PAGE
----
Nigeria is under pressure to devalue its currency in order to aid growth and investment in Africa’s largest economy.
According to reports, the United States intends to press the West African nation to lower the naira in order to create more flexibility in its foreign exchange.
The two countries are set to hold talks in Washington on Wednesday that will primarily focus on the West African country’s economy, security and development.
As part of a credible package of policies, the exchange rate should be allowed to reflect market forces more...
Africa’s largest economy is facing its worst economic crisis in years pegged to the tumbling of global oil prices. A number of analysts and the members of the central bank monetary policy committee (MPC) have called for the devaluation of the currency, a move President Muhammadu Buhari is against.
This will be the third devaluation since November 2014 after Nigeria’s Central bank debased the naira by 8 per cent to 168 to the dollar and also raised the private sector Cash Reserve Requirement (CRR) to 20 per cent from 15 per cent.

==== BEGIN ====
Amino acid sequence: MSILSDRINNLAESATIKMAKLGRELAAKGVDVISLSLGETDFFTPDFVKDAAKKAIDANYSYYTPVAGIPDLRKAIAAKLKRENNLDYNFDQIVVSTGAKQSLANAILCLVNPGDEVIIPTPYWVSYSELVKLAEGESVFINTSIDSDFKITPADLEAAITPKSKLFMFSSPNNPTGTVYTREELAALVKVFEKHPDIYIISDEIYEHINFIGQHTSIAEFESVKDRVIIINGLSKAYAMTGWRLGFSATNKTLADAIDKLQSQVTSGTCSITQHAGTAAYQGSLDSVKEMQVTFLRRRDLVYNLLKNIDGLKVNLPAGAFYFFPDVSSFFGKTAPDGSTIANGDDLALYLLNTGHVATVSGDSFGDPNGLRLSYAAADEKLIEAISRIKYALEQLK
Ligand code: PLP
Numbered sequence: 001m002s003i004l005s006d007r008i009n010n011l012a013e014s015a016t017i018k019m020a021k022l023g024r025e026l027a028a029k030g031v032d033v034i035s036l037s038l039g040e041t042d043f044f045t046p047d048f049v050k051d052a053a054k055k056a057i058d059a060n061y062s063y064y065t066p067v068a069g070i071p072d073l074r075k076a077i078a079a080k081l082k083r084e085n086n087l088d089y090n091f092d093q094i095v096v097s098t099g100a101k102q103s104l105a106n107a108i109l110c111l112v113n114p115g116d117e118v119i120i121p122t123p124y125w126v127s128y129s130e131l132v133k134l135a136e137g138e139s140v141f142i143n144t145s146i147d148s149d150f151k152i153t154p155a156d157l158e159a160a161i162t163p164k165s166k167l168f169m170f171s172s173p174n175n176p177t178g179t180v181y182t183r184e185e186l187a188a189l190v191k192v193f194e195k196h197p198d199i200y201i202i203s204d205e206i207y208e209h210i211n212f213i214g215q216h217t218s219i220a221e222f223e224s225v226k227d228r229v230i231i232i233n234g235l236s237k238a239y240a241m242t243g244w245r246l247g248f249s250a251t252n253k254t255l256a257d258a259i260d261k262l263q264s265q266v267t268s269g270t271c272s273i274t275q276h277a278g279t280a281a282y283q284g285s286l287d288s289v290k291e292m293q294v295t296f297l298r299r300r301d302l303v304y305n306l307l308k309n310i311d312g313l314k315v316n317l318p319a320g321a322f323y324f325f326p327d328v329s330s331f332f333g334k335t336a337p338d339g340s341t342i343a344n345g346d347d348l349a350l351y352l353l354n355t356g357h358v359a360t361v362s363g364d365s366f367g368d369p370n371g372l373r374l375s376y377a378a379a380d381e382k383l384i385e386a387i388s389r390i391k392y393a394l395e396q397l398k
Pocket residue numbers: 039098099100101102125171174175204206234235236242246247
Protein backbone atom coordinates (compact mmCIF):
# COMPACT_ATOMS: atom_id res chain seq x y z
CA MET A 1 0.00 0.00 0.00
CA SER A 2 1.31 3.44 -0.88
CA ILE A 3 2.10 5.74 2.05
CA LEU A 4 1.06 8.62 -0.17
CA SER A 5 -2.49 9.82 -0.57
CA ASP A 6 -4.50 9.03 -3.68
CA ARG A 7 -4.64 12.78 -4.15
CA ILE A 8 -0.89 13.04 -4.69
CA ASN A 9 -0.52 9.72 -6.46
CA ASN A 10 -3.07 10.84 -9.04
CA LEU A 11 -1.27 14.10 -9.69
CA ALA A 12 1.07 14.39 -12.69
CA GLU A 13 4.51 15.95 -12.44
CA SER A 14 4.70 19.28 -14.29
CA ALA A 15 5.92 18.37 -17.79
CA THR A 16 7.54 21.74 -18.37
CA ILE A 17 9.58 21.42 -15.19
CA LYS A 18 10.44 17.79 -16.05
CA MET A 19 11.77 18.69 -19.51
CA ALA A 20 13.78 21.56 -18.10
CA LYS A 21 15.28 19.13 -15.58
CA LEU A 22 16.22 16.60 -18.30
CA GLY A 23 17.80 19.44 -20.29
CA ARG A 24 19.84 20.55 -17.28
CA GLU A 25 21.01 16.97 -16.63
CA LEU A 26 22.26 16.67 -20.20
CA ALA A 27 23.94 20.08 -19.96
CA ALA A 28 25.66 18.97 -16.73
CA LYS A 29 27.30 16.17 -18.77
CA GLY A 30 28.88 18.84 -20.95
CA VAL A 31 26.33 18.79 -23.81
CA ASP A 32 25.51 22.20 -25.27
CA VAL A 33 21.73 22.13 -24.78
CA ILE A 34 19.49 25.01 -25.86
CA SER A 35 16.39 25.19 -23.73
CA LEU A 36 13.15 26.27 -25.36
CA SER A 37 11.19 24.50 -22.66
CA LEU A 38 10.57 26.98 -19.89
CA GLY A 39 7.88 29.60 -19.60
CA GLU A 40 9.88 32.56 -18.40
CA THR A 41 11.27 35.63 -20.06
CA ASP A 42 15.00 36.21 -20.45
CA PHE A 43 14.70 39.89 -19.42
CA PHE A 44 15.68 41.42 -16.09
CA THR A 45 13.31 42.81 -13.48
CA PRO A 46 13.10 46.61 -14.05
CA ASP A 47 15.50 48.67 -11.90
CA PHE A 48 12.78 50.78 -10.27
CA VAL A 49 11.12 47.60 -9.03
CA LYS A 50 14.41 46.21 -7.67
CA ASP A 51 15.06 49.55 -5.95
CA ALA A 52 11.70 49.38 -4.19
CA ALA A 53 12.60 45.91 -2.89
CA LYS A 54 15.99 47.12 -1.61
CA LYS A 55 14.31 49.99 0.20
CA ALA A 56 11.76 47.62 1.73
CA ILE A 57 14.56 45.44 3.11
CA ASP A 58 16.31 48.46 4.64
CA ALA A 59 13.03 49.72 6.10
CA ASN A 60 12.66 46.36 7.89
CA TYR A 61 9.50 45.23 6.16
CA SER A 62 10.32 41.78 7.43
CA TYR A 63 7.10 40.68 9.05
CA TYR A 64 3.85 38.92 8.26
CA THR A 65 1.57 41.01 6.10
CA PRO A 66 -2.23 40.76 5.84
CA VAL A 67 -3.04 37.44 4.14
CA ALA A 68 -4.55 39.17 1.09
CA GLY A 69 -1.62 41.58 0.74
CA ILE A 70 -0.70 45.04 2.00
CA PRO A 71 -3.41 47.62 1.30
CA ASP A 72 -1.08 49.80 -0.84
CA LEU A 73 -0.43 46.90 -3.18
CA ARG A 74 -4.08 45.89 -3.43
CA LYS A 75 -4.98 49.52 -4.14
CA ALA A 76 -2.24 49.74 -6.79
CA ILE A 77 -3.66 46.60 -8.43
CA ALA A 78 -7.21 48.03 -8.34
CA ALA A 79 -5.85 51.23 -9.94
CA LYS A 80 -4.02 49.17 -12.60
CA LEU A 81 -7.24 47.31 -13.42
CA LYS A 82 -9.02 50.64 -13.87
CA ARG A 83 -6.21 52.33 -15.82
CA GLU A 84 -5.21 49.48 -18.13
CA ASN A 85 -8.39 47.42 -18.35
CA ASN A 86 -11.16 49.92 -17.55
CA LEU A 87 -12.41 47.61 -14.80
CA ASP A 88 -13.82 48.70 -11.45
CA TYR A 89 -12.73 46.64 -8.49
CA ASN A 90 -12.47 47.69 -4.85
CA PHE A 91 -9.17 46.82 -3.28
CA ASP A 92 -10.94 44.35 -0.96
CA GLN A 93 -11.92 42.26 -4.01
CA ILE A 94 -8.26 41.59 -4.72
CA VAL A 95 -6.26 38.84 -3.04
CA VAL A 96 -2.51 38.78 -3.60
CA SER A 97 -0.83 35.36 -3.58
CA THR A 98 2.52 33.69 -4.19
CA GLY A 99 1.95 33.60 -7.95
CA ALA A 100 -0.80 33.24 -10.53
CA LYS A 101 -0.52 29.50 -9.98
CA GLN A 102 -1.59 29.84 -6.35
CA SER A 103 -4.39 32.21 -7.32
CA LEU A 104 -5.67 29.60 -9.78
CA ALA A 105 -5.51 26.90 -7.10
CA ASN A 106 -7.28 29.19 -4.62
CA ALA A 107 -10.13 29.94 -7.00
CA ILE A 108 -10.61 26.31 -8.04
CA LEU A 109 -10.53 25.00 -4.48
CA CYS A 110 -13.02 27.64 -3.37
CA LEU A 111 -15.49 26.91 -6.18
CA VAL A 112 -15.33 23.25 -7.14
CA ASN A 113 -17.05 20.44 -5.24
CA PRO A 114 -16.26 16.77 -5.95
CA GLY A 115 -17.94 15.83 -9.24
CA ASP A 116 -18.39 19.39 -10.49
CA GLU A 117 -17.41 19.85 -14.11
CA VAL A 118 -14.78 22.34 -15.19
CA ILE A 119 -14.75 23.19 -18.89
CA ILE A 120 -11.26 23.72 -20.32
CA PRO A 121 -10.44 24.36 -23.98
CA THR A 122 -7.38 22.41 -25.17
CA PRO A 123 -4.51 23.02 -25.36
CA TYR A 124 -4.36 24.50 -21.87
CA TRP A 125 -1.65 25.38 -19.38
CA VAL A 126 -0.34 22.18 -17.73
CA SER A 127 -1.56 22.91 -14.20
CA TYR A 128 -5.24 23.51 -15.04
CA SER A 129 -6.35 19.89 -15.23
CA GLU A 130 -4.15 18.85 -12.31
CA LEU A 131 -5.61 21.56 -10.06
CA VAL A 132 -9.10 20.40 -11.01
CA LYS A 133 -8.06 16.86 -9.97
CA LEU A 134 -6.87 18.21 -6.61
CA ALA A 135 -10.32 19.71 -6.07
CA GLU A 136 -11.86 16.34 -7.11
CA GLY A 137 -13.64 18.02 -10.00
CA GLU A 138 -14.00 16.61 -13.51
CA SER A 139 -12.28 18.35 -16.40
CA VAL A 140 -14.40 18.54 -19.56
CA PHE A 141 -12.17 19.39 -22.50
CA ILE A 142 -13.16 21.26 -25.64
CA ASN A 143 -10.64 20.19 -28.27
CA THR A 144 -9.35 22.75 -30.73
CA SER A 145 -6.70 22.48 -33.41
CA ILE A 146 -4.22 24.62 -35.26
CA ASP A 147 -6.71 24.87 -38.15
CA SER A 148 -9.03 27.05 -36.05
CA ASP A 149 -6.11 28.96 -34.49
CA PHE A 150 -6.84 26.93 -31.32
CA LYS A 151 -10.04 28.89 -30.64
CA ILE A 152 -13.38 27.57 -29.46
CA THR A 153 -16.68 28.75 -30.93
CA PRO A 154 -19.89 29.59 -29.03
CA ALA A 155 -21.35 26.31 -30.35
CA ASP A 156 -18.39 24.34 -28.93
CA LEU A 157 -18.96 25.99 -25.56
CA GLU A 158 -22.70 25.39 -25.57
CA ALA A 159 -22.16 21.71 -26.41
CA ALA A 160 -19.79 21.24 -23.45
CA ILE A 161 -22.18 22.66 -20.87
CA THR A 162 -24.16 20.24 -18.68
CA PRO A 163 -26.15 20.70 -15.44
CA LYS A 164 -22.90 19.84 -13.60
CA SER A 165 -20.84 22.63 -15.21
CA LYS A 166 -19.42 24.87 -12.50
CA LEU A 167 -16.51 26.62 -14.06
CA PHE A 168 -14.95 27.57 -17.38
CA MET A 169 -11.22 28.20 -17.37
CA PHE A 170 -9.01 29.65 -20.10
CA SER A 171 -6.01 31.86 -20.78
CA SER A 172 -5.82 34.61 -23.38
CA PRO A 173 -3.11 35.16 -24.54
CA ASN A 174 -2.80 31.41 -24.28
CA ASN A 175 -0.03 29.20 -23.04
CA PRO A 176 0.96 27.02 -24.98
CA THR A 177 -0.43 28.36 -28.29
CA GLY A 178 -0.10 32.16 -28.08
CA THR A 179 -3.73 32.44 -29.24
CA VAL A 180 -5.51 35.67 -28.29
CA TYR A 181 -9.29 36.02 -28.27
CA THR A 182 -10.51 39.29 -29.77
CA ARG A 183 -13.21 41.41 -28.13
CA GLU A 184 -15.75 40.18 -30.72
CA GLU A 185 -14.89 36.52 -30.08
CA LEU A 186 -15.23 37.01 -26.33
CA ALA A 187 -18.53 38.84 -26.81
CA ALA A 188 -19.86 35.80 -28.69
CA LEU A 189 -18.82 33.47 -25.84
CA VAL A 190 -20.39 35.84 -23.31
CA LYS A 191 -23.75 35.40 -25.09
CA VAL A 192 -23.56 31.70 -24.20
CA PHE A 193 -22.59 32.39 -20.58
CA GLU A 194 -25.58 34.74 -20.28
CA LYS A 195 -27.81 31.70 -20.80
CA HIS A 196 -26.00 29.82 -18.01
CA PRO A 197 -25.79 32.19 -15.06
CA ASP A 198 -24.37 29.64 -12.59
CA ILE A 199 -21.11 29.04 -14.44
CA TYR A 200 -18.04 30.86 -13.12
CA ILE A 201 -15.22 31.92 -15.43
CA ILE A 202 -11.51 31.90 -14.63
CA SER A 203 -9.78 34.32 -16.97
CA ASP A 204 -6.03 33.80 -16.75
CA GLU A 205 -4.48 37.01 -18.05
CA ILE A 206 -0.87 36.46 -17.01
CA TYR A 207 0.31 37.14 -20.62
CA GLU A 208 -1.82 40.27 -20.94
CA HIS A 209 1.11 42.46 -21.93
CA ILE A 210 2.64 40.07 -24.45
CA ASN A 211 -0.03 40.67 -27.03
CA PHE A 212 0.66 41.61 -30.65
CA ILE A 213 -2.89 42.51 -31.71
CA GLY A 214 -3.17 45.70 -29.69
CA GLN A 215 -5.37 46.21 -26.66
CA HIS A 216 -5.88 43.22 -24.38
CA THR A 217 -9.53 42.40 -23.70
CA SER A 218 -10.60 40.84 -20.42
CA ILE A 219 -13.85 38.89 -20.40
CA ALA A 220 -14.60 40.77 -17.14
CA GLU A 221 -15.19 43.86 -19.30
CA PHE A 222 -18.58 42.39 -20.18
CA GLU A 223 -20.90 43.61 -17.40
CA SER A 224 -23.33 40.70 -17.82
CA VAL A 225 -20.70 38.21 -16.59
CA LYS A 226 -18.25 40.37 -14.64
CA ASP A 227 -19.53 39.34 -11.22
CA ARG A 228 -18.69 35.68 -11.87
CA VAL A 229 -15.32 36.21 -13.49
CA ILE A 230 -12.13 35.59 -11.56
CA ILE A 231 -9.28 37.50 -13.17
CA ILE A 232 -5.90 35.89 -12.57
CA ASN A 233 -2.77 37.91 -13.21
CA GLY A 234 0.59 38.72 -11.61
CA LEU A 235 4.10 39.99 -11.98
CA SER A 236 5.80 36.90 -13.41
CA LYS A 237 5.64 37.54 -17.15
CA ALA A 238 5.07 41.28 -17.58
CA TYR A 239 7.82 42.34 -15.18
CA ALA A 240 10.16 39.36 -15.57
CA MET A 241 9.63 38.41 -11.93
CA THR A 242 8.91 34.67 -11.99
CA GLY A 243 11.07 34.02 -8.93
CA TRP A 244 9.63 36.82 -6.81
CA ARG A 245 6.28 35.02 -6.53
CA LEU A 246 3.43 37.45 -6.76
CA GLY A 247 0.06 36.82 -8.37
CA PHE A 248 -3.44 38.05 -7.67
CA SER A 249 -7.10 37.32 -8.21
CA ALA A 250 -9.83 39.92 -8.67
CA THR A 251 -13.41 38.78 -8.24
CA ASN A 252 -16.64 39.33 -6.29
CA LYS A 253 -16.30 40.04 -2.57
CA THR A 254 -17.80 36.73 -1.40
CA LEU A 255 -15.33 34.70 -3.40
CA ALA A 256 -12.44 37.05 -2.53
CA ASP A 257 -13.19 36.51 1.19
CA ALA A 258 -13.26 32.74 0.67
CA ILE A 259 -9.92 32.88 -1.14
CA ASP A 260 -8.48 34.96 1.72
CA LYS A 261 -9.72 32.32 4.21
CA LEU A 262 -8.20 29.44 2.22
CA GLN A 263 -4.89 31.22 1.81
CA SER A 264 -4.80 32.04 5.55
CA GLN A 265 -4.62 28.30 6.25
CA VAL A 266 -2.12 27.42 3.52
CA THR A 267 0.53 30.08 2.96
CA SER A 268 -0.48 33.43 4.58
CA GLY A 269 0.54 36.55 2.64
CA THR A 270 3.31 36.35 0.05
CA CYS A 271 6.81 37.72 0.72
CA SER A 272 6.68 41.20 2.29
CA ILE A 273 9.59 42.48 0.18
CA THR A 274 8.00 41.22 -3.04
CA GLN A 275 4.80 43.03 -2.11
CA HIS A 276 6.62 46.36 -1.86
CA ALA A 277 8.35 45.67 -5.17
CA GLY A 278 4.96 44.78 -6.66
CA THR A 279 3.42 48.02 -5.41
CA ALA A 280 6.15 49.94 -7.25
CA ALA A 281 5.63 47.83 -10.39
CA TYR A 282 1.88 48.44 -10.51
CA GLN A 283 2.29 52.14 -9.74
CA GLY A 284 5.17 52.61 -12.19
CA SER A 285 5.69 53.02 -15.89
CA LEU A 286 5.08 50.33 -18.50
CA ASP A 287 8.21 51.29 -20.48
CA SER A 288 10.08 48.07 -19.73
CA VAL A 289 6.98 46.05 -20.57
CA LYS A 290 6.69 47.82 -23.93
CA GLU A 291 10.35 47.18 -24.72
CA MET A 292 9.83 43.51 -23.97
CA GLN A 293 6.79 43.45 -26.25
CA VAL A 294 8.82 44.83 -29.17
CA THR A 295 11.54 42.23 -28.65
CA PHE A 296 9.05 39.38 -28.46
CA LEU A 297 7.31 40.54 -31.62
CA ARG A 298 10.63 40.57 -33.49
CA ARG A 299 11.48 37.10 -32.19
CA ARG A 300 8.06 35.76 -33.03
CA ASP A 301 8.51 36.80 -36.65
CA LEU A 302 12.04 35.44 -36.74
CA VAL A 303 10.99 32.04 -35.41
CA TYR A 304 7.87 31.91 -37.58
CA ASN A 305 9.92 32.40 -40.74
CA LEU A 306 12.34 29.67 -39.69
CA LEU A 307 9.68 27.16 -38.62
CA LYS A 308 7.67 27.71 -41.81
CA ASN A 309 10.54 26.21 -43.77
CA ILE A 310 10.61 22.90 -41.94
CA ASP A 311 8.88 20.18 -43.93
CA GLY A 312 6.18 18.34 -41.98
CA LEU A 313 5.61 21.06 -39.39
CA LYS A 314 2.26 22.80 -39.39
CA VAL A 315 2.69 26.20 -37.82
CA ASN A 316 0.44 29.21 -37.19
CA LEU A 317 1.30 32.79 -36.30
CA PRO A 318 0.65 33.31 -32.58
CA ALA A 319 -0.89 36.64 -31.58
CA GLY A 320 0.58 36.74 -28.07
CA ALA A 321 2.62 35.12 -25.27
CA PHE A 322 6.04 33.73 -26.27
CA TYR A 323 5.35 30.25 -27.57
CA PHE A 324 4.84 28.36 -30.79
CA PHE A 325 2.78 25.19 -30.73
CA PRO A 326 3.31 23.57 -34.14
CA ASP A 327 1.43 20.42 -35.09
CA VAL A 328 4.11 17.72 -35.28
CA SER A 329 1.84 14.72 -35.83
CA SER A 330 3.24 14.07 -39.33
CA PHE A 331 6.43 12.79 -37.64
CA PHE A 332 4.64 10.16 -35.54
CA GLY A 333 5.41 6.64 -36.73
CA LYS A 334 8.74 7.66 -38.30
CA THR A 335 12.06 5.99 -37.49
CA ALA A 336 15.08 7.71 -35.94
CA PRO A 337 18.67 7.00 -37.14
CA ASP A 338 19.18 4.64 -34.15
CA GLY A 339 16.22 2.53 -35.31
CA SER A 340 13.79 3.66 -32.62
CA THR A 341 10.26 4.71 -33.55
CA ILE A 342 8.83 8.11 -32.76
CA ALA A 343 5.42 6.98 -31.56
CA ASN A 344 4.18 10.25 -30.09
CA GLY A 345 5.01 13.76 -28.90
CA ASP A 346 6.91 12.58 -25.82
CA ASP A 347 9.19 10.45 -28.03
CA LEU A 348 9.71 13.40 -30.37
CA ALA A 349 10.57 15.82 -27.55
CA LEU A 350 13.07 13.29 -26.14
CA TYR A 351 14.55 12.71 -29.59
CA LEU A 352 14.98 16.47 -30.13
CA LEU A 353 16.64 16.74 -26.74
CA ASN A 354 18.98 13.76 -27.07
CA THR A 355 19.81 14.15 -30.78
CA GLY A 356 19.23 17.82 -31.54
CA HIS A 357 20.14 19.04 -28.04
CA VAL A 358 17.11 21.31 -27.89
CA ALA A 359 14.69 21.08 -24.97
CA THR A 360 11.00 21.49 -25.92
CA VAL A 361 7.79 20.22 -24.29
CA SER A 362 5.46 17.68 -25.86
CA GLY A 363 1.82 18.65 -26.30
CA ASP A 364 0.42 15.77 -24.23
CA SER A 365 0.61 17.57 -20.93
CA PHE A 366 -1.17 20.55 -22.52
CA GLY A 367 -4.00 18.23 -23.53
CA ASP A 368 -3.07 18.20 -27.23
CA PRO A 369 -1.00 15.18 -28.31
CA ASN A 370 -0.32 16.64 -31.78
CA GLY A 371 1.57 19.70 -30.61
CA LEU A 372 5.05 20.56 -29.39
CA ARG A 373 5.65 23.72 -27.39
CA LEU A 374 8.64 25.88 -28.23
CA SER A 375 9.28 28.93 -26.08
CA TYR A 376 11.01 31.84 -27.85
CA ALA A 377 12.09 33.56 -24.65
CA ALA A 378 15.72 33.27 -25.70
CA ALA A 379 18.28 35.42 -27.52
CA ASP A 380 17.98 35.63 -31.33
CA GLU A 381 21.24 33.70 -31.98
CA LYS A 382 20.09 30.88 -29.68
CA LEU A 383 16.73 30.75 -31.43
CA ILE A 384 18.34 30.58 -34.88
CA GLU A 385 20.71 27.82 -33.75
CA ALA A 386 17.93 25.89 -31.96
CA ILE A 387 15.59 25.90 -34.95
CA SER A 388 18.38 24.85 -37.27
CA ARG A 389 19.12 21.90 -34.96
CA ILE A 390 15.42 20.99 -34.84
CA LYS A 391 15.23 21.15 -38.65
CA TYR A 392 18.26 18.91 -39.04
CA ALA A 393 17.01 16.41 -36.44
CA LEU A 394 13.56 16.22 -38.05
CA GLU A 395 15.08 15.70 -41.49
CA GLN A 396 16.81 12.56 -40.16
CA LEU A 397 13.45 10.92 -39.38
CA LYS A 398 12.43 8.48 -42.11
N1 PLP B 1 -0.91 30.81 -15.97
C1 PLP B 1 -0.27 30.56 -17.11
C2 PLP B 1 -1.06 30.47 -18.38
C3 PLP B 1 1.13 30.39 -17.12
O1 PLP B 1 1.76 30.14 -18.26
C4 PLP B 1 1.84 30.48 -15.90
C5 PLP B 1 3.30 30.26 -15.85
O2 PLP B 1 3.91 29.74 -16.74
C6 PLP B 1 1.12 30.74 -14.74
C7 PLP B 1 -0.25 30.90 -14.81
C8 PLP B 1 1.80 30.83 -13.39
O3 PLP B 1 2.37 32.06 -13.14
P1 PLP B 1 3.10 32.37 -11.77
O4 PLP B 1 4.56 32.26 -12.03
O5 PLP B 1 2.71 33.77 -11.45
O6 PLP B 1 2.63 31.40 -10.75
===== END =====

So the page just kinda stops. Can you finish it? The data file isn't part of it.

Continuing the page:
Last week, the MPC hiked its benchmark lending rate by 100 basis points to 12 per cent in a bid to tackle Nigeria’s rising inflation. Inflation rose to a double digit rate in February.
The country’s central bank has been selling dollars in order to support the naira which has fallen significantly against the dollar this year.
Nigeria’s economy has been reeling from the oil slump causing the economy to grow by a mere 2.8 percent in 2015, its slowest pace over a decade and has been seeking to diversify its economy.
The International Monetary Fund (IMF) has already called on the populous country to implement steadfast structural reforms, during a visit by its mission earlier in the year.
“Eliminating existing macroeconomic imbalances and achieving sustained private sector-led growth requires a renewed focus on ensuring the competitiveness of the economy. As part of a credible package of policies, the exchange rate should be allowed to reflect market forces more and restrictions on access to foreign exchange removed, while improving the functioning of the interbank foreign exchange market (IFEM),” the IMF noted.